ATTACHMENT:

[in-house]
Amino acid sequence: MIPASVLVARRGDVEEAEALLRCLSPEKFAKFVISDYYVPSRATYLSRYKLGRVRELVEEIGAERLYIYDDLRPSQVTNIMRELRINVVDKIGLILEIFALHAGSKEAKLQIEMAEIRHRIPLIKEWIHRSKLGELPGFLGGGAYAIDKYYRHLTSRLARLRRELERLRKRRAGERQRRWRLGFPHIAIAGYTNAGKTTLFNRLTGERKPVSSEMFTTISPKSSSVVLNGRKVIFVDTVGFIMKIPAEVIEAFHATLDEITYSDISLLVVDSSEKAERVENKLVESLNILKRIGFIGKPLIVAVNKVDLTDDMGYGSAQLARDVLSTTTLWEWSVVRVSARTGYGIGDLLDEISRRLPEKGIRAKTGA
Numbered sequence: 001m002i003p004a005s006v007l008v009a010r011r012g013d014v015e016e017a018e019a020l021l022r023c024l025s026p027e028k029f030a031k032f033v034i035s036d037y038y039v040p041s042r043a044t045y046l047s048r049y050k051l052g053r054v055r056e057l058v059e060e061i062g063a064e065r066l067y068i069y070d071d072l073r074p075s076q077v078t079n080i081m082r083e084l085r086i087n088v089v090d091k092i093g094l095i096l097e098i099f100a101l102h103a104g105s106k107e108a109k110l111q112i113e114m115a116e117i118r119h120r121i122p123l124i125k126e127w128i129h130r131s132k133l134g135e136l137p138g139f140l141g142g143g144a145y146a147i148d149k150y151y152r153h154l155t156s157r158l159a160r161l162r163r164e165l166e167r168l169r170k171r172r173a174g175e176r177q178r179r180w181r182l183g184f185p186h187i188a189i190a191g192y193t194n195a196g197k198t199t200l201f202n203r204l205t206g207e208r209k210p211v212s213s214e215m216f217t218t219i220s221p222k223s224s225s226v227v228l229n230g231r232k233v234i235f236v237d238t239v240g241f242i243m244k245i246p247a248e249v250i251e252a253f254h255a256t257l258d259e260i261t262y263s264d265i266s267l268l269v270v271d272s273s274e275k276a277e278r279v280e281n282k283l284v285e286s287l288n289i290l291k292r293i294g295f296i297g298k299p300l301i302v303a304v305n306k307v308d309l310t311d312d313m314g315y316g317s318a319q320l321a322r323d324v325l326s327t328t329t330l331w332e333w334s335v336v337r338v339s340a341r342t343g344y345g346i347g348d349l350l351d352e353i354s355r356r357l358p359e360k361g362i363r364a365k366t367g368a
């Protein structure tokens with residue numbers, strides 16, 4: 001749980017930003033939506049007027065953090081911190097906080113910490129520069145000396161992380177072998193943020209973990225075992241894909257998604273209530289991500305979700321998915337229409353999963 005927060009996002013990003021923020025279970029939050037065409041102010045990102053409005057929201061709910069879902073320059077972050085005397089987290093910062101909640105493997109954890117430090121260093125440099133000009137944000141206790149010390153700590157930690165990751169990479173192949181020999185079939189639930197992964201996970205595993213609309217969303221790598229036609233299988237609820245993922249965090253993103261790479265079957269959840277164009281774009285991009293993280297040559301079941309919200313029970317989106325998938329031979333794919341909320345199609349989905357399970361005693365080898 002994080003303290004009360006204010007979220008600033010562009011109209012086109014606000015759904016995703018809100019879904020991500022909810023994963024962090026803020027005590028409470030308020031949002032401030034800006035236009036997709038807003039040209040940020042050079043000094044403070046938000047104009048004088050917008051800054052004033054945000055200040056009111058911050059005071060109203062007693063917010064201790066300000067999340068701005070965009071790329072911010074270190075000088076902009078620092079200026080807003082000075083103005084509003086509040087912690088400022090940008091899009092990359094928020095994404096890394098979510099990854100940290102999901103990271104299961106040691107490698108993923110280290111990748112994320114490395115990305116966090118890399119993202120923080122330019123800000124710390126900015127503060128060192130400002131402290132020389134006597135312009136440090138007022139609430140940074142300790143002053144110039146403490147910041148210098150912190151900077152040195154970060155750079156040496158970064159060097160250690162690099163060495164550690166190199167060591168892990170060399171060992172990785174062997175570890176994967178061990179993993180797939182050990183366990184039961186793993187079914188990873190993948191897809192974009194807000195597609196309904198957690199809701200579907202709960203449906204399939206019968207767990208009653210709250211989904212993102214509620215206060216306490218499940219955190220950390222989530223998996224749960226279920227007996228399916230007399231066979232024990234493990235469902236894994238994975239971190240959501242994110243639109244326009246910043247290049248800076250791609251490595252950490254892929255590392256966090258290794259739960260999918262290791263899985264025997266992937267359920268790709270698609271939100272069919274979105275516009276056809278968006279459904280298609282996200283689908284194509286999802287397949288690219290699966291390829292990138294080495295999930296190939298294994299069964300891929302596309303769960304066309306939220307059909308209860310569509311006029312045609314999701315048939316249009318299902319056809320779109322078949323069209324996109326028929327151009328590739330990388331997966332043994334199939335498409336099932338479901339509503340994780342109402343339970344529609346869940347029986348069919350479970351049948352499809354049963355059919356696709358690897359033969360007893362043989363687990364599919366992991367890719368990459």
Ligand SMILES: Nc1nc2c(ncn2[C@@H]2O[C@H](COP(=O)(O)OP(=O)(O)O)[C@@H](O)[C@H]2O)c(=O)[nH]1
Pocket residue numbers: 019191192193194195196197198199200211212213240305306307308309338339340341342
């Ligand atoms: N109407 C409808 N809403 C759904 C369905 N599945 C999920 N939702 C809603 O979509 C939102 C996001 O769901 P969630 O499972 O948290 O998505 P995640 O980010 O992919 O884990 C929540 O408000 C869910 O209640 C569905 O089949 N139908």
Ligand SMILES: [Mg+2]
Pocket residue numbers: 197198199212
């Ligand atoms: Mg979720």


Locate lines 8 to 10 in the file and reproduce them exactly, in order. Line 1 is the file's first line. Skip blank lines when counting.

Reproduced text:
Ligand SMILES: [Mg+2]
Pocket residue numbers: 197198199212
């Ligand atoms: Mg979720």